The other question this raises is: If the Taliban offered to extradite bin Laden in February — an offer repeated after the September 11 attacks — is this war the result of American ineptness and deference to the slippery oil industry?

Do drugs have role, too?

Chip Elliott of The Moscow Times takes exception to those who say the Afghan war is “just about oil.” He says it’s also about drugs.

“Although we must now hail the warlords of the Northern Alliance as noble defenders of civilization, the fact is that for some time they have also functioned as one of the world’s biggest drug-dealing operations,” Elliott wrote recently. “Indeed, one of the main sticking points between the holy warriors of the alliance and their ideological brethren in the Taliban has been control of the profitable poppy, which by God’s grace grows so plentifully in a land otherwise bereft of natural resources. (Always excepting the production of corpses.)

“In the good old days, when the mujahedin were united against the Soviet devil, all shared equally in the drug-running trade, under the benevolent eye of that great lubricator of illicit commerce, the CIA. When the Northern Alliance was driven from Kabul — having killed 50,000 of the city’s inhabitants during its civilized rule — the Taliban seized the lion’s share of Afghanistan’s opium production. The noble lords managed to hold on to several prize fields in the north, however, and together with avaricious Taliban, they helped fuel a worldwide rise in heroin traffic.”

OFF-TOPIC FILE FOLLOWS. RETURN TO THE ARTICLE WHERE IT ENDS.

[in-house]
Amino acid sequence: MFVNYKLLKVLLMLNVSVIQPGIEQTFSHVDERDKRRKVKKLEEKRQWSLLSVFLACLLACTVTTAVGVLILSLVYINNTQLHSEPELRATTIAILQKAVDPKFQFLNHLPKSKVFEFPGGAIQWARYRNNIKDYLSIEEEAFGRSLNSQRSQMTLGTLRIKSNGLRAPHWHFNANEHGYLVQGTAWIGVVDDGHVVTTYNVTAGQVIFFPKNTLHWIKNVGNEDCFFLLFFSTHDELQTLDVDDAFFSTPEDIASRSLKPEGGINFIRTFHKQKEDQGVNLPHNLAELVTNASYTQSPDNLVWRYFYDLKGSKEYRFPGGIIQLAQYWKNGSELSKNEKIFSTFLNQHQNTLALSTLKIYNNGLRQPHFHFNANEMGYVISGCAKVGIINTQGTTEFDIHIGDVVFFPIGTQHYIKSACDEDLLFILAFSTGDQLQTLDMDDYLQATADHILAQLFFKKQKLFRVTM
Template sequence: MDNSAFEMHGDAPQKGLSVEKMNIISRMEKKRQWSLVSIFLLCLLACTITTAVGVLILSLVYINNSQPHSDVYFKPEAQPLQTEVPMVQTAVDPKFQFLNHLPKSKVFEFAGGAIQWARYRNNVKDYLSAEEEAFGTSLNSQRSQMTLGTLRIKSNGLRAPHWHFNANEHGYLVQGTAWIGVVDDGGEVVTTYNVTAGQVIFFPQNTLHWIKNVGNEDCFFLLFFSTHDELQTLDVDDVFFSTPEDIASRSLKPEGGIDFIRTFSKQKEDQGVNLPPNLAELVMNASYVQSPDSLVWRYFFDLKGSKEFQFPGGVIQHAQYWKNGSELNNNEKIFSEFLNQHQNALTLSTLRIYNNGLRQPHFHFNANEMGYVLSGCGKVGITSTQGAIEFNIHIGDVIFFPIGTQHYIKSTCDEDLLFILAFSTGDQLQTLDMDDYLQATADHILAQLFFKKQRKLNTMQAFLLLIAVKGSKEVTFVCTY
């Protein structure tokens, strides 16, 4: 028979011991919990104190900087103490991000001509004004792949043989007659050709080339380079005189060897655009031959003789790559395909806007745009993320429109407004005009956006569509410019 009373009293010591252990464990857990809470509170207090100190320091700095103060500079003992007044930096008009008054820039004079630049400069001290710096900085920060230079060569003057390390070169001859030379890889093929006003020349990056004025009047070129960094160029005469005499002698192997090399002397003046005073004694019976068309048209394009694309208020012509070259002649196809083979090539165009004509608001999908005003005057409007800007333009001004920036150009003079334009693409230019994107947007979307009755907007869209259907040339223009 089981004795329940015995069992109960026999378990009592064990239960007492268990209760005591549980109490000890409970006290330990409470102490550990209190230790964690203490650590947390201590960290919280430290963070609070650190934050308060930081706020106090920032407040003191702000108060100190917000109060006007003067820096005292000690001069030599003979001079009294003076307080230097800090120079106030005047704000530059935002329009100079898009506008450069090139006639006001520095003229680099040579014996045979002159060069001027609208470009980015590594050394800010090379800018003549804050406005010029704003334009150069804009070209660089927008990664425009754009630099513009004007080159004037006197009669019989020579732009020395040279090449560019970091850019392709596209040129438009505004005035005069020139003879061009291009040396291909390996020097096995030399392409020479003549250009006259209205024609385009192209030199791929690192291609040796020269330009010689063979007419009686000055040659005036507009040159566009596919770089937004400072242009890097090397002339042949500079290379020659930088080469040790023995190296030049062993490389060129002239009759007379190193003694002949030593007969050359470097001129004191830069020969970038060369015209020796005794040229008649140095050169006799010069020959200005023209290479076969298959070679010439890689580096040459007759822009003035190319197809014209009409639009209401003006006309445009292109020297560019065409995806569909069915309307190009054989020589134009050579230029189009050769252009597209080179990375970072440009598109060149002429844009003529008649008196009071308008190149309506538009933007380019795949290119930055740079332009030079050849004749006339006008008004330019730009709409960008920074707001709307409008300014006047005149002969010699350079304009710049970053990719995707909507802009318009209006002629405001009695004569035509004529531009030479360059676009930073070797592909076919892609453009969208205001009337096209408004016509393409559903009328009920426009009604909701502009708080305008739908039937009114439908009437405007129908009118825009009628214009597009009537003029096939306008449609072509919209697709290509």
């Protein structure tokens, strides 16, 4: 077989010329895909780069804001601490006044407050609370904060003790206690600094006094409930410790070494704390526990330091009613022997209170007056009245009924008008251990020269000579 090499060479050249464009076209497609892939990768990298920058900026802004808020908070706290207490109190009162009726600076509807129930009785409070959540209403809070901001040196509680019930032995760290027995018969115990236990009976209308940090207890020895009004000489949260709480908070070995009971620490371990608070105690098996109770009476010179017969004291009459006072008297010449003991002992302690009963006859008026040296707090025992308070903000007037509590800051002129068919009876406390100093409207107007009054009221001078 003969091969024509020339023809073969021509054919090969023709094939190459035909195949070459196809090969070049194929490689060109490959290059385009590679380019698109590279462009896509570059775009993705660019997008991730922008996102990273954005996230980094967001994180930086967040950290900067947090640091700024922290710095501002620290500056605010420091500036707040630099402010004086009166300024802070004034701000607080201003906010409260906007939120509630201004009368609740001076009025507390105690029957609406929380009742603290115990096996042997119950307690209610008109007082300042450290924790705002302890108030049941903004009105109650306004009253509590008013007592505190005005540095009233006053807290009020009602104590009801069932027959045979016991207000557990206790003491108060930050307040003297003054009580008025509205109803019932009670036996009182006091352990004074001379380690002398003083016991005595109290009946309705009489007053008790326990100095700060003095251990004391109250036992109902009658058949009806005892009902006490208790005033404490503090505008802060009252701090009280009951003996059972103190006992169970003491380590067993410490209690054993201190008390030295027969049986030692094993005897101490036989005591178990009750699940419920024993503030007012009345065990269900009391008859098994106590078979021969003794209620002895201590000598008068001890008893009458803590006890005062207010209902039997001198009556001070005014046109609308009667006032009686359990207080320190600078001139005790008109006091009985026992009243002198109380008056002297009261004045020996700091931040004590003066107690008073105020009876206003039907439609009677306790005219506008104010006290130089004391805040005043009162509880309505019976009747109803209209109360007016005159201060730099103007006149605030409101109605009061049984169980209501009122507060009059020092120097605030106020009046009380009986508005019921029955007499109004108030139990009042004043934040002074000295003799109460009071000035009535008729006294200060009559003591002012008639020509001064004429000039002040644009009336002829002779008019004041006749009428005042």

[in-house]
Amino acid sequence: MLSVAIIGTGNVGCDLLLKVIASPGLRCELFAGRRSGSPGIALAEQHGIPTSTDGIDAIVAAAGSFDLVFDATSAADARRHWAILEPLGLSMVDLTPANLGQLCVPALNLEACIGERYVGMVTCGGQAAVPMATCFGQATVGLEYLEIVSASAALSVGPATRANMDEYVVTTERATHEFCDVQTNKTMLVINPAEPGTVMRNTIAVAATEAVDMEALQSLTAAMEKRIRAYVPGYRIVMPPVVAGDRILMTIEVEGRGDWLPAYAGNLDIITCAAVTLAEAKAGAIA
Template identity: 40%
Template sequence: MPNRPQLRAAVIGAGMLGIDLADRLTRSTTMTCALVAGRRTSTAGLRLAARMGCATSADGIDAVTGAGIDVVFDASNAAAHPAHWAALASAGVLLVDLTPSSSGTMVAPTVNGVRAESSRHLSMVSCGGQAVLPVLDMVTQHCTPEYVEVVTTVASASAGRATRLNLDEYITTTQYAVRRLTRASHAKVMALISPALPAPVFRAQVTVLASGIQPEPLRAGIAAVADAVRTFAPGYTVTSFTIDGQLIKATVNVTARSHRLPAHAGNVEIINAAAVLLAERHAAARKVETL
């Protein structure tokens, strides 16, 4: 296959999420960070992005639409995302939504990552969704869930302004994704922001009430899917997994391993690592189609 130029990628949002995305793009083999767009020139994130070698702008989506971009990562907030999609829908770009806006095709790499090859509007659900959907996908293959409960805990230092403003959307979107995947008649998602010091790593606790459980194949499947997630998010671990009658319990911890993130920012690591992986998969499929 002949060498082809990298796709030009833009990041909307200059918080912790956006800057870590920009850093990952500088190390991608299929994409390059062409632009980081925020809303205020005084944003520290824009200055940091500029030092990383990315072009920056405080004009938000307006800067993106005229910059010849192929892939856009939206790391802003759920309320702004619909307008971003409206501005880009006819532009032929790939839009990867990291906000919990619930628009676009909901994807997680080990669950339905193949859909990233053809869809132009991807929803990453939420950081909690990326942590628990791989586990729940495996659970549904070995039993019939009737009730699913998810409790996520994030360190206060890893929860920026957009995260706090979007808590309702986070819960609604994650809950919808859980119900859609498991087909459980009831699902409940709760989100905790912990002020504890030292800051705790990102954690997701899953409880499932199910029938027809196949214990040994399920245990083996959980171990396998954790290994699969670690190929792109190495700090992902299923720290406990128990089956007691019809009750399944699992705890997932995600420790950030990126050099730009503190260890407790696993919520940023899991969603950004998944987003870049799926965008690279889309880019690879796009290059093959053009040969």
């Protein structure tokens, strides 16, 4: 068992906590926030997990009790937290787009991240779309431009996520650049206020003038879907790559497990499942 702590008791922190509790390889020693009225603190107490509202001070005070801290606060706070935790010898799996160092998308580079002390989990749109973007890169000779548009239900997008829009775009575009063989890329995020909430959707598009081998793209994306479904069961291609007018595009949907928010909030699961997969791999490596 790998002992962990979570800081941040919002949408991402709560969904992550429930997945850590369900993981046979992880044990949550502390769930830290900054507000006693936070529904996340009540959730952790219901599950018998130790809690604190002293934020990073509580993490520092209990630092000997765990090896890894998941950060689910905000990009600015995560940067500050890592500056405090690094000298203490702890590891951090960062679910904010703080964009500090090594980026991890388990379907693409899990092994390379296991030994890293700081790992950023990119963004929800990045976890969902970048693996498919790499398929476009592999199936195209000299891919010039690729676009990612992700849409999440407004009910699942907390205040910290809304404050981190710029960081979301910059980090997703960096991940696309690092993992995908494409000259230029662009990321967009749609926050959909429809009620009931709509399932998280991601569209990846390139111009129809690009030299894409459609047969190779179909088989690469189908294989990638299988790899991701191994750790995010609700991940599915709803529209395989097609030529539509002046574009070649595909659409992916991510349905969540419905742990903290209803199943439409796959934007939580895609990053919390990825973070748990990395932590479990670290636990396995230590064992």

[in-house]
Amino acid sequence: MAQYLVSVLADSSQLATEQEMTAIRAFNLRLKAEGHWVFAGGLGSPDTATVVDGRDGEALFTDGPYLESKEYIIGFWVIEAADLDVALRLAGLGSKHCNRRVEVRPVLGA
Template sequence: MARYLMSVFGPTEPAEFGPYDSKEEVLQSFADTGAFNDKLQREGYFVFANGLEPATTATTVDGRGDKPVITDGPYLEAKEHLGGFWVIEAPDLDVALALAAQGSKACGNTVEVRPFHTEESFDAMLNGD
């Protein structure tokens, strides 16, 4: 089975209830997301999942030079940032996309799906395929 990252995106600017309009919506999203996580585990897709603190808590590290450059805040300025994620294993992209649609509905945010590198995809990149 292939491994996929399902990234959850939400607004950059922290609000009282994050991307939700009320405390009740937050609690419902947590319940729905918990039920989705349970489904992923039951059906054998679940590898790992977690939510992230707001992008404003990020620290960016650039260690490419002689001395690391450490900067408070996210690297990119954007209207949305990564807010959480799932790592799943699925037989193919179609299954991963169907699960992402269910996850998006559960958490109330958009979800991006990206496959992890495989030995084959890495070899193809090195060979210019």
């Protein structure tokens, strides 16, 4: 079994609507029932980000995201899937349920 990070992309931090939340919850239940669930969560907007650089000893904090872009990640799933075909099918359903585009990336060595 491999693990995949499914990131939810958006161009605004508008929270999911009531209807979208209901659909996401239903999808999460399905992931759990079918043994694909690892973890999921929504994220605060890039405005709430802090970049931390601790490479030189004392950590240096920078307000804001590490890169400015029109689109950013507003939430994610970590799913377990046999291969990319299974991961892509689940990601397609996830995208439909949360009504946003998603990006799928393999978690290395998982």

With the defeat of the Taliban, Elliott wrote, Afghanistan’s bountiful southern fields are also “there for the plucking.” Afghan farmers Elliot said, can plant wheat, get $20 per hectare or plant opium, and get $8,000.

“Needless to say, the poppy replanting has already begun,” Elliott wrote. “Come harvest time, the drug lords — sorry, the noble warlords — will take their cut and ship the dope off to pollute the minds of decadent infidels in the West. Ah, the spoils of victory!”

Pakistan plays both sides

In late November, a half-dozen or more Pakistani air force cargo planes were seen landing in the Taliban-held city of Kunduz, where they evacuated hundreds of non-Afghan soldiers who had fought the United States and the Northern Alliance. As hard as it is to believe, the United States apparently missed the whole operation. When asked about the mysterious airlift at a Pentagon briefing, Secretary of Defense Donald Rumsfeld did his usual dance of denial. “I have received absolutely no information that would verify or validate statements about airplanes moving in or out. I doubt them,” Rumsfeld said.

Reports about the airlift first appeared in the Indian press, which cited unusual radar contacts and the removal of Pakistani troops out of Kunduz. Pakistan had hundreds of military advisers in Afghanistan before September 11 helping the Taliban fight the Northern Alliance. Hundreds more former soldiers actively joined Taliban regiments, and many Pakistani volunteers were among the legions of al-Qaida. So, a Pakistani evacuation of troops fighting for one side while the Pakistani government supposedly supported the American side was no big surprise to those who know how things work in Northern Asia. Rumsfeld, unfortunately, must not be one of them.

In another example of Pakistan’s duplicity, the European press reported that, one month after Pakistan agreed to end its support of the Taliban; its intelligence agency was still providing safe passage for weapons and ammunition to them.

On Oct. 8 and again on Oct. 12, Pakistani border guards at a checkpoint in the Khyber Pass waved on convoys headed into Afghanistan rifles, ammunition and rocket-propelled grenade launchers for the Taliban. Pakistan’s top spy agency, Inter-Services Intelligence, had long provided safe passage to armadas of truckers and smugglers who supplied a mountain of weapons to the Taliban. But the policy was supposed to have changed in September.

A senior Pakistani intelligence official admitted that the convoys contained arms for the Taliban, but said that it was the last such shipment and that Pakistan has lived up to its commitment to the United States since then.

Martin Yant is the author of Desert Mirage: The True Story of the Gulf War.